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Legislation to stop permanent alimony passes another house
TALLAHASSEE -- Legislation to end permanent alimony and set stricter guidelines for other divorce settlements passed another House committee today. As Whitney Ray tells us, if the bill becomes law old alimony settlements could be reworked.
A wedding… a celebration of love and commitment. But what happens after the cake's cut if the couple splits?
In Florida, depending on how long the couple was married and other factors one spouse could pay the other spouse for the rest of their life.
It's called permanent alimony and bill moving through the committee process at the state capitol would eliminate it.
Divorce after divorce stood in front of lawmakers and called permanent alimony a life sentence.
"I've been held in bondage by the state and forced to pay alimony against my will for the past 30 years."
The bill's sponsor Representative Ritch Workman says the current system is outdated.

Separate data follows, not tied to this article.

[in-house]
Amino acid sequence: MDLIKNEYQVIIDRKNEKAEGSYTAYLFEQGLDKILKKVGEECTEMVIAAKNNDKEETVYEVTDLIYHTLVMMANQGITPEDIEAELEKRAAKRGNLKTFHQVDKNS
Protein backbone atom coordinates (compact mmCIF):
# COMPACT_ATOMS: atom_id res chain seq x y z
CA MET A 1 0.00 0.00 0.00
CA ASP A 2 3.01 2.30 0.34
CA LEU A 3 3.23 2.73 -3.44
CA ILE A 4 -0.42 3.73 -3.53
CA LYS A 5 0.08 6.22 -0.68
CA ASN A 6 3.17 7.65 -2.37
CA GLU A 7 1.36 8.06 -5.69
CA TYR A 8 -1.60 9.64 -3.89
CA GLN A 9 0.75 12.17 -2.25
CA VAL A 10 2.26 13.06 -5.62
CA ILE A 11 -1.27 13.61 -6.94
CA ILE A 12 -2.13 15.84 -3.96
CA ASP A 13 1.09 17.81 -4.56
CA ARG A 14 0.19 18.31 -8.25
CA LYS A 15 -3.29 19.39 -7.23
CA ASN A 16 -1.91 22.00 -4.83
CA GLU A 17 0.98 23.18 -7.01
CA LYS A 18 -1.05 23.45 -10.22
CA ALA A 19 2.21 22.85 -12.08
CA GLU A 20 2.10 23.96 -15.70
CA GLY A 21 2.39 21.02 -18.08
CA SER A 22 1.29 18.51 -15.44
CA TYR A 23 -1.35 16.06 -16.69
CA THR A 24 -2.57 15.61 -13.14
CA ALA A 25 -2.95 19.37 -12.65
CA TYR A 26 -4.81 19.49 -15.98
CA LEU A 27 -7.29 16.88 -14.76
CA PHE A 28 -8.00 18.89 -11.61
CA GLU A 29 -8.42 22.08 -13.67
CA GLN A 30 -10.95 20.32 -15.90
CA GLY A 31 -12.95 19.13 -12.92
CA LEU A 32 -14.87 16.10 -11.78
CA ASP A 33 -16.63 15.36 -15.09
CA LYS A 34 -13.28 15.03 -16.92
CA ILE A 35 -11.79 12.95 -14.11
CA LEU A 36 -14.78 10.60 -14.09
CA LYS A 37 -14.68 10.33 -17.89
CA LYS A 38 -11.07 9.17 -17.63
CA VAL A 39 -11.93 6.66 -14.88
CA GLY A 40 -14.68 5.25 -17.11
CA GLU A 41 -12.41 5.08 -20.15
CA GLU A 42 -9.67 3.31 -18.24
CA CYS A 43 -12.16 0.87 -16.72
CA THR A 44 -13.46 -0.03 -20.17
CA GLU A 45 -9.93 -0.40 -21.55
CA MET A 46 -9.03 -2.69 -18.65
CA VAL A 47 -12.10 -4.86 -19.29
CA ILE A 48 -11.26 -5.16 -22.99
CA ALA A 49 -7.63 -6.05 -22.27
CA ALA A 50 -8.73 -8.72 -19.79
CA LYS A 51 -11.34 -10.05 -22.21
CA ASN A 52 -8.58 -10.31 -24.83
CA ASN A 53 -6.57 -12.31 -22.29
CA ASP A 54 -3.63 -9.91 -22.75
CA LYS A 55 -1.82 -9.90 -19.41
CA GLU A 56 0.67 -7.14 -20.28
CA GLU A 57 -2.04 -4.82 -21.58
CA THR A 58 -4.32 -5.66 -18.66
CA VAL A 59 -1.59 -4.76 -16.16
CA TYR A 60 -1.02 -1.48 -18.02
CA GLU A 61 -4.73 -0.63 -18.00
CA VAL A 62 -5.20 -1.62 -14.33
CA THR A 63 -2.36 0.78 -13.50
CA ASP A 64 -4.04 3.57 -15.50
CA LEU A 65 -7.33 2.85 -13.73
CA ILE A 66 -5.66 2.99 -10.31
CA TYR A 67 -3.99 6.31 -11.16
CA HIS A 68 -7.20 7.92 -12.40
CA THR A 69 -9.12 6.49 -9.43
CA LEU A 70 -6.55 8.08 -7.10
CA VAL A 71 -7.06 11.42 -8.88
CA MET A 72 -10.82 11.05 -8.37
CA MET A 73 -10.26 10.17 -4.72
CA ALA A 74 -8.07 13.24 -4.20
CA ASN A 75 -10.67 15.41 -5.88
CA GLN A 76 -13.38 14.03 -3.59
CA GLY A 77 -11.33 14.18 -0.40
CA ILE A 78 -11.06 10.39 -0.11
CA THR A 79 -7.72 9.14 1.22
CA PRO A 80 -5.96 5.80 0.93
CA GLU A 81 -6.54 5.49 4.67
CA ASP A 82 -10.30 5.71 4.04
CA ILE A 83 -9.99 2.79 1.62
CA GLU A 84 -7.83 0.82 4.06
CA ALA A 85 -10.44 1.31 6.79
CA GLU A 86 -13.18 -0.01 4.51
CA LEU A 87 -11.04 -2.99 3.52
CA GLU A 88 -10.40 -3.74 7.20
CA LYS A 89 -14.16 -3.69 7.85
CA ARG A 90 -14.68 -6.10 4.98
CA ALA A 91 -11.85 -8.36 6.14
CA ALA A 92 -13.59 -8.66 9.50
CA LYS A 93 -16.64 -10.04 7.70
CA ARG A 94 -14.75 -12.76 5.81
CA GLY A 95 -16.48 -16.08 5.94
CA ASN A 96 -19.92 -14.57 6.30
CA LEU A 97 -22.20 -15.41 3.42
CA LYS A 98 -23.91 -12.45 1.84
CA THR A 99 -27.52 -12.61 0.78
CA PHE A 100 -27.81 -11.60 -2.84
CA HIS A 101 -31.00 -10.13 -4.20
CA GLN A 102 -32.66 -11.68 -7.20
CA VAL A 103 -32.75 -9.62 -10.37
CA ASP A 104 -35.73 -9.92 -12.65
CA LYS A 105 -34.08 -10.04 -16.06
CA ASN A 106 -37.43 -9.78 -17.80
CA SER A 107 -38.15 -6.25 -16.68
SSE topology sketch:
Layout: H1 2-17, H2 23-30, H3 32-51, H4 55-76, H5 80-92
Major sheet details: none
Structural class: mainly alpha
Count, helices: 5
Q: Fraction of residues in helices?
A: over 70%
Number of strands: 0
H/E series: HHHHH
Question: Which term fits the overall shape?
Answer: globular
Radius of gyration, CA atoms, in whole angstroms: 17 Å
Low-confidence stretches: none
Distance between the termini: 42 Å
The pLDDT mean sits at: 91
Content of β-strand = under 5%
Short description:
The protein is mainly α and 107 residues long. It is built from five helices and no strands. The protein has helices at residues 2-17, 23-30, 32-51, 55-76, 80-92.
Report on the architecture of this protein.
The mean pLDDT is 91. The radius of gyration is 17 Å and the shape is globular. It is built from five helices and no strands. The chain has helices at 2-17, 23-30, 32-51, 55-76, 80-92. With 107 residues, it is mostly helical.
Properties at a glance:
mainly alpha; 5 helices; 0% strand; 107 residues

Rep. Ritch Workman / R
"Things have change in the family and so should alimony."
But opponents, like Elisha Roy with the Florida Bar, say the legislation would keep spouses from staying home and raising kids.
Elisha Roy / Florida Bar
"Essentially what this bill says it, 'you've got to go to work. You've got to work to your highest potential while you're at work, cause if you don't you are going to have a very short period of time, half the length of your marriage, to figure out a way to make back that social security that you sacrificed and make back that retirement income you sacrificed."
The bill would also allow old alimony cases to be reworked.
"Essentially what we are doing is opening the flood gates to every divorce that has ever been decided in Florida."
After several amendments and a few objections the bill passed.
Workman says he'll continue to amend the bill in an effort to gain more support.